With the numerous yoga practices, different yoga mats can prove to heighten the experience.
Iyengar is all about balance and alignment, so we recommend a thin and sturdy mat that will not wobble or throw you off. If you practice Iyengar, it may be best to stray away from sticky or cushiony mats.
Hot Yoga is vigorous and often results in sweat, meaning you will want a sticky yoga mat that will stop you from slipping and help maintain a balance between poses. PVC is best for this reason as they are generally the stickiest. Natural rubber mats also work well with sweat if you prefer not to use PVC mats. We don’t recommend Manduka as they are heavily criticised for the stickiness of their mats. Jade mats generally hold a slight edge over Manduka in this category, but it depends on the specific mat you choose, Jade Harmony Yoga Mat has a strong grip that is very useful for hot yoga.
Ashtanga Yoga is another intense practice that will leave you short of breath and streaming with sweat. Therefore, we recommend the same as we do for hot yoga.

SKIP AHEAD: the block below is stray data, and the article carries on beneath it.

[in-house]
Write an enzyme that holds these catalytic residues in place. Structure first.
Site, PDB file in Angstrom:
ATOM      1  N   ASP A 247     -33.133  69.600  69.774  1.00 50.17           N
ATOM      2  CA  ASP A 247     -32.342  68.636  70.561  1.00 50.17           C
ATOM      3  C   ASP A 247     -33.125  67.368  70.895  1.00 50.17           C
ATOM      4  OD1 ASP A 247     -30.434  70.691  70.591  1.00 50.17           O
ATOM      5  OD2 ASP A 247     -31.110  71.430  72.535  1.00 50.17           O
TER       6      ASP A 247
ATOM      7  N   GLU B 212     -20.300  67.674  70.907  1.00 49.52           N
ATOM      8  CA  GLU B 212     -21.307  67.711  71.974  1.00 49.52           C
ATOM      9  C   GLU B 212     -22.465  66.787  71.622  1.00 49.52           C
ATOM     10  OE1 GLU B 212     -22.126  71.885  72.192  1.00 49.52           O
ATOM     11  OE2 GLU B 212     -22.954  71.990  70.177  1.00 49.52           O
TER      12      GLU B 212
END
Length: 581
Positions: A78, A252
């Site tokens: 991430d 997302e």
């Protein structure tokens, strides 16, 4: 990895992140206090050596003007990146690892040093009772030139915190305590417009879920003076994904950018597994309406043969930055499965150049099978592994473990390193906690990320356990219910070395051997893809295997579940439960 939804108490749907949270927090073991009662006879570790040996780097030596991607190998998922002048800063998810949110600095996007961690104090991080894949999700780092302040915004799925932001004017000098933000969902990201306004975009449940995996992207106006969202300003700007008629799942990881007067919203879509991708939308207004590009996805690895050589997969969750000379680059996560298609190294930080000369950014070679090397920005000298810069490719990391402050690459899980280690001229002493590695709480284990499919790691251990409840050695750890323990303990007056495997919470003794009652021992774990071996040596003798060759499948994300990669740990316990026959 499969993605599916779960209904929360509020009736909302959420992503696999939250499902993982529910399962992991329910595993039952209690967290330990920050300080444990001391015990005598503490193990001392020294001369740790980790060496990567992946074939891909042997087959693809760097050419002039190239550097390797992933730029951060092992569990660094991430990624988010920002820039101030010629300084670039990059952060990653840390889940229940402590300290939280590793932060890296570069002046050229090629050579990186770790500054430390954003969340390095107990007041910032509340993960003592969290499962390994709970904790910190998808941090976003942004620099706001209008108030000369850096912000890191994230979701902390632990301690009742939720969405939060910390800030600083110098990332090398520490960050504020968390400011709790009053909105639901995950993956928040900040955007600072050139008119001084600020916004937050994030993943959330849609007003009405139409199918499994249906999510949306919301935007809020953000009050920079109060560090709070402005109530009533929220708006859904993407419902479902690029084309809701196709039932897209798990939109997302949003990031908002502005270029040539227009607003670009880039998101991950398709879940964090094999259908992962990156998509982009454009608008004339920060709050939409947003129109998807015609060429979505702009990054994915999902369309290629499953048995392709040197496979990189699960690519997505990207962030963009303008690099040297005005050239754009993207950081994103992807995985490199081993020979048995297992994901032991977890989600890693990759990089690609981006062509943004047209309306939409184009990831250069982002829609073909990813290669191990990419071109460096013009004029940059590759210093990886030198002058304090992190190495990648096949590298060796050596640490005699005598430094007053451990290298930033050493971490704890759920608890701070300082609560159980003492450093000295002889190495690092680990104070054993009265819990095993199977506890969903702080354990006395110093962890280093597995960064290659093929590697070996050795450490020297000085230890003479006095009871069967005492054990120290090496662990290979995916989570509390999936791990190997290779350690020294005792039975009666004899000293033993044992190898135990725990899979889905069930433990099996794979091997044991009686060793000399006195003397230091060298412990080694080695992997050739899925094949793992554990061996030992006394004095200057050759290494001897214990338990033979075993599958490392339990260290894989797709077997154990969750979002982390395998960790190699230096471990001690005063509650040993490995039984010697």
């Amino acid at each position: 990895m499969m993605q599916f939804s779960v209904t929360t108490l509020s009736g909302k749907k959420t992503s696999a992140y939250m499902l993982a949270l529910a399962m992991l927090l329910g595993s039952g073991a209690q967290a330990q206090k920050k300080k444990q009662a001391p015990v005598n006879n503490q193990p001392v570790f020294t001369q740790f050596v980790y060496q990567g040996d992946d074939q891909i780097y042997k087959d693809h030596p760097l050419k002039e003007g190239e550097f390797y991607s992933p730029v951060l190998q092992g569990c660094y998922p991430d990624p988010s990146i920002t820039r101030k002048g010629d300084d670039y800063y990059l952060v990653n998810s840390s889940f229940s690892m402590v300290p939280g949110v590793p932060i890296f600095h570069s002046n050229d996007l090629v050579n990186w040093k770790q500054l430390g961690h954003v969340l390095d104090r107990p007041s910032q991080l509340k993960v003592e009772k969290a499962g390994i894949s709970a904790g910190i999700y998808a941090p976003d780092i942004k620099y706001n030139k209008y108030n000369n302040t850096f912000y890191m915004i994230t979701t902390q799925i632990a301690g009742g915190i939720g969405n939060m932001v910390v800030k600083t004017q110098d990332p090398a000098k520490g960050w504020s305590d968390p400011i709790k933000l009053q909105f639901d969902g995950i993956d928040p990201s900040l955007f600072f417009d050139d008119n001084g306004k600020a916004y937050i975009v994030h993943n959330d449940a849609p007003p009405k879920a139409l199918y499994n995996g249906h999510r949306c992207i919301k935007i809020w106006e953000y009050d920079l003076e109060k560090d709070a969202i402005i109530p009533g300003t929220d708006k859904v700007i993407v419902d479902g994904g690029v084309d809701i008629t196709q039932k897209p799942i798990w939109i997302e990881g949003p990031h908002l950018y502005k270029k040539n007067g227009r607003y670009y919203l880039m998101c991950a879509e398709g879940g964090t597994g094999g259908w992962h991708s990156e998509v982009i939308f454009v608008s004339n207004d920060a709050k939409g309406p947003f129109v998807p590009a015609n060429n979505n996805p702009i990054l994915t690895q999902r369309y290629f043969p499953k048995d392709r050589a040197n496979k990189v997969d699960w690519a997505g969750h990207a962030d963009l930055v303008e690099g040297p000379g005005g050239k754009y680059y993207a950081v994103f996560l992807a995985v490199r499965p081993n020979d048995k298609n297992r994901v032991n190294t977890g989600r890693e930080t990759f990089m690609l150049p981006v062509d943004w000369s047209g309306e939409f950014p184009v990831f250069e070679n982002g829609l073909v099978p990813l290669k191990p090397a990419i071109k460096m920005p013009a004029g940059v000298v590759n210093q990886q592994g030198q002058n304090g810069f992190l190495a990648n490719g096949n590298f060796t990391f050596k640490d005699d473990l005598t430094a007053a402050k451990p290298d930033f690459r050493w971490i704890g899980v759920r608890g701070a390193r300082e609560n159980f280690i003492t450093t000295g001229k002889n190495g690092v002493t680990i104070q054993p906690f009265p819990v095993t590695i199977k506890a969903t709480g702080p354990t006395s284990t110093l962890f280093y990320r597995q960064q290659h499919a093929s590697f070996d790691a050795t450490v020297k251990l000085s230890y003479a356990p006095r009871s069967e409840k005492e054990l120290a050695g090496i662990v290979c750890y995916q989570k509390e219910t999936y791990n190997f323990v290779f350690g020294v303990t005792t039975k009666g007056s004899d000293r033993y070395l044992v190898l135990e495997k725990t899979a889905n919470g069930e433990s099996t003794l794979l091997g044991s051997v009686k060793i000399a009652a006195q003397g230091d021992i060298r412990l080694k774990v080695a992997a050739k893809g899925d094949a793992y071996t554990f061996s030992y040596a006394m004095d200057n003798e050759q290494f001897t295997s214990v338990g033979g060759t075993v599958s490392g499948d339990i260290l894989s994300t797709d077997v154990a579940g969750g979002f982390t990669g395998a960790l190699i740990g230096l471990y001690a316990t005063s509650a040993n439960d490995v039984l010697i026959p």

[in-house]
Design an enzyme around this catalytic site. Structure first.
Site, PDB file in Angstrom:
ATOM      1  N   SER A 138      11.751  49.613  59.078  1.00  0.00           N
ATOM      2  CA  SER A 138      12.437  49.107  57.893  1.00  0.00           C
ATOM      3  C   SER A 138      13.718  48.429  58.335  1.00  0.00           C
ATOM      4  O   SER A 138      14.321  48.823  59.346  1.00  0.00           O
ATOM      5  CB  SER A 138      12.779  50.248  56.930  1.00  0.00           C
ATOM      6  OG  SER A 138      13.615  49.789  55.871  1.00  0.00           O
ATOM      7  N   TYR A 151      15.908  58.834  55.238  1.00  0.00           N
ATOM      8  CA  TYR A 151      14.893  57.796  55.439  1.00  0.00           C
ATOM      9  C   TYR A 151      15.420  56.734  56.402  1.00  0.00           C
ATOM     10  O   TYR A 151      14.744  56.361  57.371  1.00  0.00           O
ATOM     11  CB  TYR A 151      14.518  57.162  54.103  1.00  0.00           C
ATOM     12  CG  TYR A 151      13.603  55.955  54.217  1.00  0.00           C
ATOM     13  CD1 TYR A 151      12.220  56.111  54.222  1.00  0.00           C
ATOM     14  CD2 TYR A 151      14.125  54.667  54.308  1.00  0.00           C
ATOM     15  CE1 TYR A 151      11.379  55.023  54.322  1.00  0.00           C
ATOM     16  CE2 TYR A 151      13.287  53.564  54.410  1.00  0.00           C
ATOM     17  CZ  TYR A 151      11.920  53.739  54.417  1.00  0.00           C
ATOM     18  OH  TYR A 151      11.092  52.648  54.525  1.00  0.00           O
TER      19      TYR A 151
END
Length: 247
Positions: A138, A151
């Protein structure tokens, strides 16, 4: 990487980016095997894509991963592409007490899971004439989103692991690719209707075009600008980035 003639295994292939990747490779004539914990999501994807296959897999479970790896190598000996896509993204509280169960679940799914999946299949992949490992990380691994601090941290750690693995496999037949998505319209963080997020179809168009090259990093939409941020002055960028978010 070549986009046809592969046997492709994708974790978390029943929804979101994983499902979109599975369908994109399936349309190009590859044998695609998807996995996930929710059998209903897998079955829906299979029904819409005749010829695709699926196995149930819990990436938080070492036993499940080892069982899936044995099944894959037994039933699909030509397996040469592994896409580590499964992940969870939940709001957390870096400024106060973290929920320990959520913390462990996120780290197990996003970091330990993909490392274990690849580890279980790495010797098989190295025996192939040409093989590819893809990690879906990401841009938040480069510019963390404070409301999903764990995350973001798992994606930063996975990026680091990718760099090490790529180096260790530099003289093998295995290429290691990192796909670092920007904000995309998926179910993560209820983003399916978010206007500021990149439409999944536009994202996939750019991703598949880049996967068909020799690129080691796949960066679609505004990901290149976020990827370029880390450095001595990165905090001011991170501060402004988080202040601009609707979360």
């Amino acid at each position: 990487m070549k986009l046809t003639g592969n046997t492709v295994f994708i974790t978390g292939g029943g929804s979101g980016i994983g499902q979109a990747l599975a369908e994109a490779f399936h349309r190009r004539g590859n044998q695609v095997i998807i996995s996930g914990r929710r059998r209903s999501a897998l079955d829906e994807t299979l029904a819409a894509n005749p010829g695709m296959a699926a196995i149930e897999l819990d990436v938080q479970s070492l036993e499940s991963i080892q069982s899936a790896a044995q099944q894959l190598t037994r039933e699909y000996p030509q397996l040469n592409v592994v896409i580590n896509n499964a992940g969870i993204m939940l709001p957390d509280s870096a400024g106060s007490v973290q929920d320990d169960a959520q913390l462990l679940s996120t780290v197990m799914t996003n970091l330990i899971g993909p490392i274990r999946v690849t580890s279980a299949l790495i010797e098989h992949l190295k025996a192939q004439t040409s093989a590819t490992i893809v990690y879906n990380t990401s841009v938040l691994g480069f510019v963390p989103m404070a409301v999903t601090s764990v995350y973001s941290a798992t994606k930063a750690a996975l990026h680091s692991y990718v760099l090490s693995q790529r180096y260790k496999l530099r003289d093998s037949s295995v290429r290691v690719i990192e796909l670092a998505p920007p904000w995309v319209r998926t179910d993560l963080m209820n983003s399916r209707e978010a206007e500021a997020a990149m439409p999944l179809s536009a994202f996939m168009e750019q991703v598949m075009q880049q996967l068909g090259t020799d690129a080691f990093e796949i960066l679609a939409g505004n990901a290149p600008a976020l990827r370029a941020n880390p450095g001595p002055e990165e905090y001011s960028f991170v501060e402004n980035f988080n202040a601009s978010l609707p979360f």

For Hatha Yoga, which is usually what people think of when mentioning yoga, a foam mat would be ideal for a start before branching in a different direction.
Vinyasa hails from hatha yoga but it is much faster and tiresome. It also involves a lot of movement, so we recommend a mat that smooth but has a high level of stickiness, that way you’ll have nice traction and avoid slipping. Yoga Zeal has luxuriously soft surfaces with a high level of grip on them.
For Restorative Yoga, one that holds poses for longer than usual yoga practices but is the gentlest, we recommend thick, comfortable, cushiony mats. Usually, mats go up to ¼ an inch, which is not recommended for balance, but for a practice that revolves around slow, low movements, it can feel great.
Outdoors Yoga is, arguably, the most freeing form of yoga. With the nature of outdoor yoga, you don’t need a mat and will often find it more liberating and comfortable not to use one. If you are determined to use one though, we recommend thick mats. These may make it difficult for some poses, however, that focus on balance since they can be wobbly. Thin mats can also work, and they let you feel the earth more, but considerable downsides exist for outdoor practice with mats. Lumps will usually form on the mat and sometimes, the mat can be punctured by sticks or grass spikes.